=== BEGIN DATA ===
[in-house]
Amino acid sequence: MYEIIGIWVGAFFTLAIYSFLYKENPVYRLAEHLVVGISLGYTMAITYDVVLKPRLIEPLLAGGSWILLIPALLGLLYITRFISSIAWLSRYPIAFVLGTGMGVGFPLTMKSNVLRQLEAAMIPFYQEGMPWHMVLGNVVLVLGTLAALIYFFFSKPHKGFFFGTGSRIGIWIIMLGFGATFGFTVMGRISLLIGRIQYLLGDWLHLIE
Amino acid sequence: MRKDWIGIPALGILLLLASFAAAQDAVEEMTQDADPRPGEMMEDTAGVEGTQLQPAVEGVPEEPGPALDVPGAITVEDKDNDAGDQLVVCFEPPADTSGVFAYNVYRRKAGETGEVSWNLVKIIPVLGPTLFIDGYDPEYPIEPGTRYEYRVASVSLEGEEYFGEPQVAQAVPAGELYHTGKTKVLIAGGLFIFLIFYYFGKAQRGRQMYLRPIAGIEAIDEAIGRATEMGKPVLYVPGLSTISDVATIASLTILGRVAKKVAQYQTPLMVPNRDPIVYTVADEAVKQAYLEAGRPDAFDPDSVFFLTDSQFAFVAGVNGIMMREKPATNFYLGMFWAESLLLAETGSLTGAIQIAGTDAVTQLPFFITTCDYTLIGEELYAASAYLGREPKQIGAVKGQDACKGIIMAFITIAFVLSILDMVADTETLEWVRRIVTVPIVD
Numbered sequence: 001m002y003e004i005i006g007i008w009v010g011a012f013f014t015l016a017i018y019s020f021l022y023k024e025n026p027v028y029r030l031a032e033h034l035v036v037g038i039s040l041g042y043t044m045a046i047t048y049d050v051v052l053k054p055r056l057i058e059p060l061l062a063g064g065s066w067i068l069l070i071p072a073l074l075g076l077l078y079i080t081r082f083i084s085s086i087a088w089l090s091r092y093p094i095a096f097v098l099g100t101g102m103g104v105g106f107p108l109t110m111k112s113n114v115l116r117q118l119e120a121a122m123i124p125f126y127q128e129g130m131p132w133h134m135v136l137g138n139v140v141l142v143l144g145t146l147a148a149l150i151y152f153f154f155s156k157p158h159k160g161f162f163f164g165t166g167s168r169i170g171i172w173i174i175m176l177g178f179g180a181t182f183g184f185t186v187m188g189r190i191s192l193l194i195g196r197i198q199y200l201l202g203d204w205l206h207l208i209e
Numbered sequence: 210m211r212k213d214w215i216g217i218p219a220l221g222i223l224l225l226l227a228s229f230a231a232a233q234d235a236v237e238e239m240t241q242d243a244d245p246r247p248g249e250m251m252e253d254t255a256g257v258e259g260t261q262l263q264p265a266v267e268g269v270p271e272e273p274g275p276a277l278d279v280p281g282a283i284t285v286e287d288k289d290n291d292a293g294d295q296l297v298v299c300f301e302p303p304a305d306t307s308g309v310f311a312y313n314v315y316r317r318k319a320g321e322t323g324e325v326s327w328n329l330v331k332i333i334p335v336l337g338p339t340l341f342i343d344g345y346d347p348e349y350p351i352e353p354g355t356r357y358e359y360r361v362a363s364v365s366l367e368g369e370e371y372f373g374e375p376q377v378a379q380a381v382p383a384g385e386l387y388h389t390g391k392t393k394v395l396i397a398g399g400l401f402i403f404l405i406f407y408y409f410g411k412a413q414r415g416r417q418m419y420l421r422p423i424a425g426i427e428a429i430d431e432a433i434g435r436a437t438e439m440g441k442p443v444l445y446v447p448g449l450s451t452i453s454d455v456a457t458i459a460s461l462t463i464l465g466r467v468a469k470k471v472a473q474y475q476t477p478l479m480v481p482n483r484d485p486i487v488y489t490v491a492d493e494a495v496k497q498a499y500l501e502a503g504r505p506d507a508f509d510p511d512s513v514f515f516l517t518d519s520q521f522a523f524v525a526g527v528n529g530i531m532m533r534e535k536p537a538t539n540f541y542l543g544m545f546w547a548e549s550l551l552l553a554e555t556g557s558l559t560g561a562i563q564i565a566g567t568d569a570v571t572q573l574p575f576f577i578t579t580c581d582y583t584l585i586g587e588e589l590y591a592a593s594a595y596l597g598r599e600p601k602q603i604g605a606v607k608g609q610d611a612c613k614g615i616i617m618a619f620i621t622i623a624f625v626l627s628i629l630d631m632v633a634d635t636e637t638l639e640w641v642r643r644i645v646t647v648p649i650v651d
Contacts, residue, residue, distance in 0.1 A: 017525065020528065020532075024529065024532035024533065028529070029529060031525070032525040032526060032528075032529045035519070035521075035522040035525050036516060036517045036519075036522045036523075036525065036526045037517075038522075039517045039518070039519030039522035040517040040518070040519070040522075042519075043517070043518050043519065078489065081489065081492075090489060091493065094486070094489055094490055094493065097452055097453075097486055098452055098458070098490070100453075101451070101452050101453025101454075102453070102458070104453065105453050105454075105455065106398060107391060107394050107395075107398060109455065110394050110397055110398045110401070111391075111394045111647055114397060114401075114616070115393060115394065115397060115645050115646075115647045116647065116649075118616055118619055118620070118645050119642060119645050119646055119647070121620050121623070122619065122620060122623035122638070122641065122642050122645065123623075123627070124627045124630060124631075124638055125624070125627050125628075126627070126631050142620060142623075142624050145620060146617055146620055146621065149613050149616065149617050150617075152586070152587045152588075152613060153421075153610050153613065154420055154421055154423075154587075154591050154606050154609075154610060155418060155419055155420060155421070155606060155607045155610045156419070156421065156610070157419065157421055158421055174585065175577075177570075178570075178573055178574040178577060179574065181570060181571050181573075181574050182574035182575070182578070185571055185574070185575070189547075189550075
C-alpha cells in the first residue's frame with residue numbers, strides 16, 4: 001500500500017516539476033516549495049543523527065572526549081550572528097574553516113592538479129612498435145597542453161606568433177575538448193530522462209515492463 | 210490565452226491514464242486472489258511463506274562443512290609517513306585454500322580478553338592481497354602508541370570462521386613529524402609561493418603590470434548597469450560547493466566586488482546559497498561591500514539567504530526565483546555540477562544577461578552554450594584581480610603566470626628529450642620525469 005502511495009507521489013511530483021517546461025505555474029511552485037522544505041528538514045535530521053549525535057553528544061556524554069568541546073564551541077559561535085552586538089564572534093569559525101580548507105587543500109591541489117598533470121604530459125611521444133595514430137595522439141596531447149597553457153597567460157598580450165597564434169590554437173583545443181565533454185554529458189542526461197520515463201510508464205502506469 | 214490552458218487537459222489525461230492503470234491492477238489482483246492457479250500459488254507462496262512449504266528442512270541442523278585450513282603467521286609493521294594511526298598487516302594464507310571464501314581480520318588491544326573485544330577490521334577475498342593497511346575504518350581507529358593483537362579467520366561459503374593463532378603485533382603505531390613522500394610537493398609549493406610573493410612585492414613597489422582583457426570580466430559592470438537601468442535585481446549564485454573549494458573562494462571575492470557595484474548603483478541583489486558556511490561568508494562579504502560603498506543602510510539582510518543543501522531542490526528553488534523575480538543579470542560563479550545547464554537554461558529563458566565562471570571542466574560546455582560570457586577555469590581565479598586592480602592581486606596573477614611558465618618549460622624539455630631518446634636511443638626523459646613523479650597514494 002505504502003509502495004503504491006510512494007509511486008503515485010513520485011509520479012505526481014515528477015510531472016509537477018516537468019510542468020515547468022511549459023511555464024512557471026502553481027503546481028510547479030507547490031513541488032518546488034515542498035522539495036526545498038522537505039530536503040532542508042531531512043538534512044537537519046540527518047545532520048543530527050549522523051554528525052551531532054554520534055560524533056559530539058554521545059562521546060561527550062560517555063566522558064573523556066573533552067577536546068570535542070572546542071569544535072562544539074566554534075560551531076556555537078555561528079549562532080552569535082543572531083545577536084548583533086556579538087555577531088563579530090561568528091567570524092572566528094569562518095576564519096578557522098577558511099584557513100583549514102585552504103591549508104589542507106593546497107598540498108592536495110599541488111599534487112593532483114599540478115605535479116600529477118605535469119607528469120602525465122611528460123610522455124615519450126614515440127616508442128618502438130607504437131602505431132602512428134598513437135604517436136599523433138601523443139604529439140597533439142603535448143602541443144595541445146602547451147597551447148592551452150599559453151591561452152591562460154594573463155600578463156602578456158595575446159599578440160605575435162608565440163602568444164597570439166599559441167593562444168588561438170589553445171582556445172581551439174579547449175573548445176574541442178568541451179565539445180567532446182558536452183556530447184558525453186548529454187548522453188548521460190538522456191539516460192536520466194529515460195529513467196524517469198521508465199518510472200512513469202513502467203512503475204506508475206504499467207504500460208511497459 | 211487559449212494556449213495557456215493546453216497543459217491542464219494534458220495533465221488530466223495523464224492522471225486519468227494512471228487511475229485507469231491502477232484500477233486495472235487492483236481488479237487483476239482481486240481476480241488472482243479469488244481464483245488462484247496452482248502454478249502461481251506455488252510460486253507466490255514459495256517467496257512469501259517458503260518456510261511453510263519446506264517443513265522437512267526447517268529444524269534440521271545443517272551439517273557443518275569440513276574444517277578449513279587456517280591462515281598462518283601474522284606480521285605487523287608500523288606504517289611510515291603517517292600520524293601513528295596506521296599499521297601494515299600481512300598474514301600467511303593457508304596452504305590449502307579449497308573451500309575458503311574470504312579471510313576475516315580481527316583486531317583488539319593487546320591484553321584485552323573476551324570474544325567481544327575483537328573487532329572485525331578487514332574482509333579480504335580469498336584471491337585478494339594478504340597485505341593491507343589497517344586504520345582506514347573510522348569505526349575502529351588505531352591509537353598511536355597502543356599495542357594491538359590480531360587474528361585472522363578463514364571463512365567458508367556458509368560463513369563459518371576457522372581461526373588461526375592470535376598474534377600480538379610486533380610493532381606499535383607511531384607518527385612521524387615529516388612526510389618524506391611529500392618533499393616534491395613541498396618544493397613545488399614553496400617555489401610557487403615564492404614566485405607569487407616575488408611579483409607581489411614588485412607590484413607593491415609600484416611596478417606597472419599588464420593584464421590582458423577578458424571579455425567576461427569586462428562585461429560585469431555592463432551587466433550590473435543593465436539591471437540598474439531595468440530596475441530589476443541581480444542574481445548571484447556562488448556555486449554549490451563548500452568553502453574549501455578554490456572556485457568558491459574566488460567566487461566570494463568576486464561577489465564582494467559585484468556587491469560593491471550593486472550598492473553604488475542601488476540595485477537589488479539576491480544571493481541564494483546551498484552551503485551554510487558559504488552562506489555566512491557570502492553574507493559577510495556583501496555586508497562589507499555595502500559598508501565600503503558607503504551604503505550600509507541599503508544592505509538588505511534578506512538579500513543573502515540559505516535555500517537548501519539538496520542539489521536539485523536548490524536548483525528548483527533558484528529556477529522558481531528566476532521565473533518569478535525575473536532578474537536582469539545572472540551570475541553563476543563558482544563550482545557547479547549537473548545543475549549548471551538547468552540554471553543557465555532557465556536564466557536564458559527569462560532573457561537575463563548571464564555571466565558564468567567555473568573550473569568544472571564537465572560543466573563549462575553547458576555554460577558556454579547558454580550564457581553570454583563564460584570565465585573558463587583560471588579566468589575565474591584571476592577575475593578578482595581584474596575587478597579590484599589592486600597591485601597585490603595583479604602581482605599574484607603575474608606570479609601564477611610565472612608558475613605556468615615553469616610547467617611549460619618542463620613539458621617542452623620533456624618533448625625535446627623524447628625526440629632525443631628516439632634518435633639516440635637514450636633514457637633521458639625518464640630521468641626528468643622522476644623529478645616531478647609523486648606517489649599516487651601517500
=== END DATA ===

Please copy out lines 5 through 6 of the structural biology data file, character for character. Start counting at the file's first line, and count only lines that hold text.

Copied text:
Numbered sequence: 210m211r212k213d214w215i216g217i218p219a220l221g222i223l224l225l226l227a228s229f230a231a232a233q234d235a236v237e238e239m240t241q242d243a244d245p246r247p248g249e250m251m252e253d254t255a256g257v258e259g260t261q262l263q264p265a266v267e268g269v270p271e272e273p274g275p276a277l278d279v280p281g282a283i284t285v286e287d288k289d290n291d292a293g294d295q296l297v298v299c300f301e302p303p304a305d306t307s308g309v310f311a312y313n314v315y316r317r318k319a320g321e322t323g324e325v326s327w328n329l330v331k332i333i334p335v336l337g338p339t340l341f342i343d344g345y346d347p348e349y350p351i352e353p354g355t356r357y358e359y360r361v362a363s364v365s366l367e368g369e370e371y372f373g374e375p376q377v378a379q380a381v382p383a384g385e386l387y388h389t390g391k392t393k394v395l396i397a398g399g400l401f402i403f404l405i406f407y408y409f410g411k412a413q414r415g416r417q418m419y420l421r422p423i424a425g426i427e428a429i430d431e432a433i434g435r436a437t438e439m440g441k442p443v444l445y446v447p448g449l450s451t452i453s454d455v456a457t458i459a460s461l462t463i464l465g466r467v468a469k470k471v472a473q474y475q476t477p478l479m480v481p482n483r484d485p486i487v488y489t490v491a492d493e494a495v496k497q498a499y500l501e502a503g504r505p506d507a508f509d510p511d512s513v514f515f516l517t518d519s520q521f522a523f524v525a526g527v528n529g530i531m532m533r534e535k536p537a538t539n540f541y542l543g544m545f546w547a548e549s550l551l552l553a554e555t556g557s558l559t560g561a562i563q564i565a566g567t568d569a570v571t572q573l574p575f576f577i578t579t580c581d582y583t584l585i586g587e588e589l590y591a592a593s594a595y596l597g598r599e600p601k602q603i604g605a606v607k608g609q610d611a612c613k614g615i616i617m618a619f620i621t622i623a624f625v626l627s628i629l630d631m632v633a634d635t636e637t638l639e640w641v642r643r644i645v646t647v648p649i650v651d
Contacts, residue, residue, distance in 0.1 A: 017525065020528065020532075024529065024532035024533065028529070029529060031525070032525040032526060032528075032529045035519070035521075035522040035525050036516060036517045036519075036522045036523075036525065036526045037517075038522075039517045039518070039519030039522035040517040040518070040519070040522075042519075043517070043518050043519065078489065081489065081492075090489060091493065094486070094489055094490055094493065097452055097453075097486055098452055098458070098490070100453075101451070101452050101453025101454075102453070102458070104453065105453050105454075105455065106398060107391060107394050107395075107398060109455065110394050110397055110398045110401070111391075111394045111647055114397060114401075114616070115393060115394065115397060115645050115646075115647045116647065116649075118616055118619055118620070118645050119642060119645050119646055119647070121620050121623070122619065122620060122623035122638070122641065122642050122645065123623075123627070124627045124630060124631075124638055125624070125627050125628075126627070126631050142620060142623075142624050145620060146617055146620055146621065149613050149616065149617050150617075152586070152587045152588075152613060153421075153610050153613065154420055154421055154423075154587075154591050154606050154609075154610060155418060155419055155420060155421070155606060155607045155610045156419070156421065156610070157419065157421055158421055174585065175577075177570075178570075178573055178574040178577060179574065181570060181571050181573075181574050182574035182575070182578070185571055185574070185575070189547075189550075